Global Fund adopts restructuring recommendations and close to 50% funding shortfall for next round of grants
Simon Collins, HIV i-Base
A high level panel established six months ago by the Board of the Global Fund after widespread media publicity about corruption among some grant implementers released its report on 19 September 2011.
The panel, led by former President Mogae of Botswana and former US Secretary of Health and Human Services Michael Leavitt, was given a broad remit to look into the Global Fund’s problems and what should be done about them. Much is riding on the report as several donors delayed making, or implementing, their funding commitments for 2011 and later until they the report was published and the Global Fund responded.
While identifying many areas for improvement, the Fund was recognised as a vital part of what makes health care function in many countries. Its failure would bring serious, dramatic and tragic consequences. Many of the recommendations related to changing the organisations role from providing an emergency response to sustainability with heightened public responsibility.
It is clearly important that the majority of recommendations, including major structural changes, were accepted by the Fund when the report was formally accepted the following week.
However, perhaps more significantly, the Global Fund looks likely to have significantly less funding for new grants in Round 11 – barely more than half – than the estimate published in May 2011. The Global Fund Observers reported that “the panel found this situation a cause for deep concern”.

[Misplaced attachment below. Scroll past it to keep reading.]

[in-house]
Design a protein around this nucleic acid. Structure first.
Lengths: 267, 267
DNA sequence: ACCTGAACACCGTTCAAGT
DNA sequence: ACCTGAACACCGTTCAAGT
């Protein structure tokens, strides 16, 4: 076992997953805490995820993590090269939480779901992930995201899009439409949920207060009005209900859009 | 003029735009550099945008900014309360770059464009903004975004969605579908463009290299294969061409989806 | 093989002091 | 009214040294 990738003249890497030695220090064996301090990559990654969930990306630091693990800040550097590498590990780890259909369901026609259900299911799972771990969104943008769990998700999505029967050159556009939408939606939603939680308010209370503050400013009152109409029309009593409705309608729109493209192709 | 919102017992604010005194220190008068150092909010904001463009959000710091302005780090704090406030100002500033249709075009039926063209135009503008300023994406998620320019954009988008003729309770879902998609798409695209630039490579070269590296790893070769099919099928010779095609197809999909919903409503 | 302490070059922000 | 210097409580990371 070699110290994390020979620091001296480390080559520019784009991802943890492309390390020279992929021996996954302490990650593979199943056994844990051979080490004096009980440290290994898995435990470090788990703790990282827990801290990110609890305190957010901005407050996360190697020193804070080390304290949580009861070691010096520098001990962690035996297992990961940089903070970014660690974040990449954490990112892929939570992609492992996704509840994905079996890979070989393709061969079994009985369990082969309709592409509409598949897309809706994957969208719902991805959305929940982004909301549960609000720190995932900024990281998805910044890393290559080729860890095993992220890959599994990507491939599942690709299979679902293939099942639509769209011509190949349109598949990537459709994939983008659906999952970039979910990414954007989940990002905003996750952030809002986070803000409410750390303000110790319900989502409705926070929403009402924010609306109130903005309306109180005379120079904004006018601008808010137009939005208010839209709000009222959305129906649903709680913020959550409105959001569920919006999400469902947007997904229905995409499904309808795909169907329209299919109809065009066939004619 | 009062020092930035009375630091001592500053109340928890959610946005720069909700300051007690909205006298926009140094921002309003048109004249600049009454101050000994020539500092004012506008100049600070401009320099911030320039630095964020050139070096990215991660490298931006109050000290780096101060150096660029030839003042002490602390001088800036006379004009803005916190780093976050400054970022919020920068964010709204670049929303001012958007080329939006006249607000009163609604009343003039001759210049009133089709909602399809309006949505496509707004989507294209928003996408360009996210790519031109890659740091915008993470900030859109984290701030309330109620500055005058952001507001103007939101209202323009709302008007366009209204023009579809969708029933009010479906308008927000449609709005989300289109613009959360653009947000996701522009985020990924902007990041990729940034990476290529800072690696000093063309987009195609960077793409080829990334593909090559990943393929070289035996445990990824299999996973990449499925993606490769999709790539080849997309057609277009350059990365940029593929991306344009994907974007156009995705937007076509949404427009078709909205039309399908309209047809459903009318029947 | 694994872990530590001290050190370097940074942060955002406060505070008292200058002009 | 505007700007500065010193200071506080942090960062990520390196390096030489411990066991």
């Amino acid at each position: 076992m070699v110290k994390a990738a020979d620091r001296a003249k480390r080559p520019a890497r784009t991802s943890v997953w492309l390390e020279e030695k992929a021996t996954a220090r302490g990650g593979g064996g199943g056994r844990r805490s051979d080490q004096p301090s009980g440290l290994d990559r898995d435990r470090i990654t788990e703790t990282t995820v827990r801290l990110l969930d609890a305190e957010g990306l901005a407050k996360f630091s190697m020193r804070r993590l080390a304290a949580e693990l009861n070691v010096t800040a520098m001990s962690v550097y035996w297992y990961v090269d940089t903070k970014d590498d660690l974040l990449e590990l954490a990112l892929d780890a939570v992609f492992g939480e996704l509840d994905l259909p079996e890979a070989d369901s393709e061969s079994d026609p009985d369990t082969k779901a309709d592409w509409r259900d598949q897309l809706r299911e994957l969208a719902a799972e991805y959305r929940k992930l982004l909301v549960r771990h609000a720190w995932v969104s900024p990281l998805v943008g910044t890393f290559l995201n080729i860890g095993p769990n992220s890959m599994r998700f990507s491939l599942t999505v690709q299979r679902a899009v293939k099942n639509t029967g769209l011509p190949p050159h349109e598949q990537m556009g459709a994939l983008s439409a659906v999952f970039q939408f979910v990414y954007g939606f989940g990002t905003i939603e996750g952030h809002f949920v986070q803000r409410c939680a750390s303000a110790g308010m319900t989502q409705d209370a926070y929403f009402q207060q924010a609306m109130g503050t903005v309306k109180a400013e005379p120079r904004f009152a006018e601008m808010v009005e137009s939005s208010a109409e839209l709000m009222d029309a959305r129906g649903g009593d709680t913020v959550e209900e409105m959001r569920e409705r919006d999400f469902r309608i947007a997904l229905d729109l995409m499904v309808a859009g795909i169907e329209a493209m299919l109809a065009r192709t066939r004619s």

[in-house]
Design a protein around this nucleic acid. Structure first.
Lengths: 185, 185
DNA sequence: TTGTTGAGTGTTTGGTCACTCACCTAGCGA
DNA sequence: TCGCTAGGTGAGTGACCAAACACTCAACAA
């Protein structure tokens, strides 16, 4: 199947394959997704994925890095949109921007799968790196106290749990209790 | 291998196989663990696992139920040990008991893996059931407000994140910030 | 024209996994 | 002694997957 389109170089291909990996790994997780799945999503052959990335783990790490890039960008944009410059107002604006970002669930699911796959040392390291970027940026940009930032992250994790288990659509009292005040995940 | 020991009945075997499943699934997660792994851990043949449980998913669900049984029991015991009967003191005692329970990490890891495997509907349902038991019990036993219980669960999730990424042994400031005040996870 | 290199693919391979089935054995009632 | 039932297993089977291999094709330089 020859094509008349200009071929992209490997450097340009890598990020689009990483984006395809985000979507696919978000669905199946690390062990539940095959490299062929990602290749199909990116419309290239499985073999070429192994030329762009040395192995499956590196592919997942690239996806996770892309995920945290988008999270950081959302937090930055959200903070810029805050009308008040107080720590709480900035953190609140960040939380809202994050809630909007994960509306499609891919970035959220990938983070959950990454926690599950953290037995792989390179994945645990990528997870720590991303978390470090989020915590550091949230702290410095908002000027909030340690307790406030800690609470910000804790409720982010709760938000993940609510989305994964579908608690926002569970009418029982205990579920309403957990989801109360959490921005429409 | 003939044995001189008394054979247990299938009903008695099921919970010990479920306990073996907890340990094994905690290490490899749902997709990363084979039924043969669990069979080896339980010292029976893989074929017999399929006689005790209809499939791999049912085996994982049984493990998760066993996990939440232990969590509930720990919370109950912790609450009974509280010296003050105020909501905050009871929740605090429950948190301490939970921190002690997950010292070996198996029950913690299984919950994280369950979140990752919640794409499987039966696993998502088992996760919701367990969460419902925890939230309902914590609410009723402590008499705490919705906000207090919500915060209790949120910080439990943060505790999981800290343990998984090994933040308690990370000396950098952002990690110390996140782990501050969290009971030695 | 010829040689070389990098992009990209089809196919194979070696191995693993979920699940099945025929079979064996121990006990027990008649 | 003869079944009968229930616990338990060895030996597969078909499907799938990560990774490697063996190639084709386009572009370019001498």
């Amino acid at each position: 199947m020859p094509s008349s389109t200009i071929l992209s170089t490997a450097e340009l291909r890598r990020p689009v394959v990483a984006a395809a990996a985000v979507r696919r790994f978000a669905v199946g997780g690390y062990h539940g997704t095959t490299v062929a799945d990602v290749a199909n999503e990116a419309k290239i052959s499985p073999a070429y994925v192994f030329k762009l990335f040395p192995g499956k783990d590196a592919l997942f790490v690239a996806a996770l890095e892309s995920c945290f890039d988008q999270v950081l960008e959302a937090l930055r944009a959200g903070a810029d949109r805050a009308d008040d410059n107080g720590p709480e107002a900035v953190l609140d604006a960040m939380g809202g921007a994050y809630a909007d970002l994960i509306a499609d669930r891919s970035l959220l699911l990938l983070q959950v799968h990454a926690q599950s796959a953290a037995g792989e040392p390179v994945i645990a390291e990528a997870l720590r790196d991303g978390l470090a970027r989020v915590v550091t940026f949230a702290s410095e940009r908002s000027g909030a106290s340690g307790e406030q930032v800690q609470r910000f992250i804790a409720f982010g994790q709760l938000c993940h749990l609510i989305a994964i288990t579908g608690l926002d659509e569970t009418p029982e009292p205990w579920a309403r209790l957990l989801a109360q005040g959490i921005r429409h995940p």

At the Global Fund Board meeting on 26 September 2011, the Fund revealed that its forecast of $1.5 billion for Round 11 has been lowered to “not more than” $0.8 billion, and that even this amount might not be available until the fourth quarter of 2013.
The previous forecast was based on the assumption that all donors would honour their pledges, and that donors that traditionally do not make pledges would provide funding at a level similar to what they had provided before. However, the global economic insecurity and other factors have shown these assumptions appear to be overly optimistic.
This has already resulted in an extended deadline for applications to at least March 2012 and a statement that given the financial restraints it will “consider options for reallocation of existing commitments? in order ?to prioritize high-impact interventions.”
The need to pressure donor countries to follow through and expand on their commitments has never been stronger or more important.
Source: Global Fund Observer. Issues 158 and 159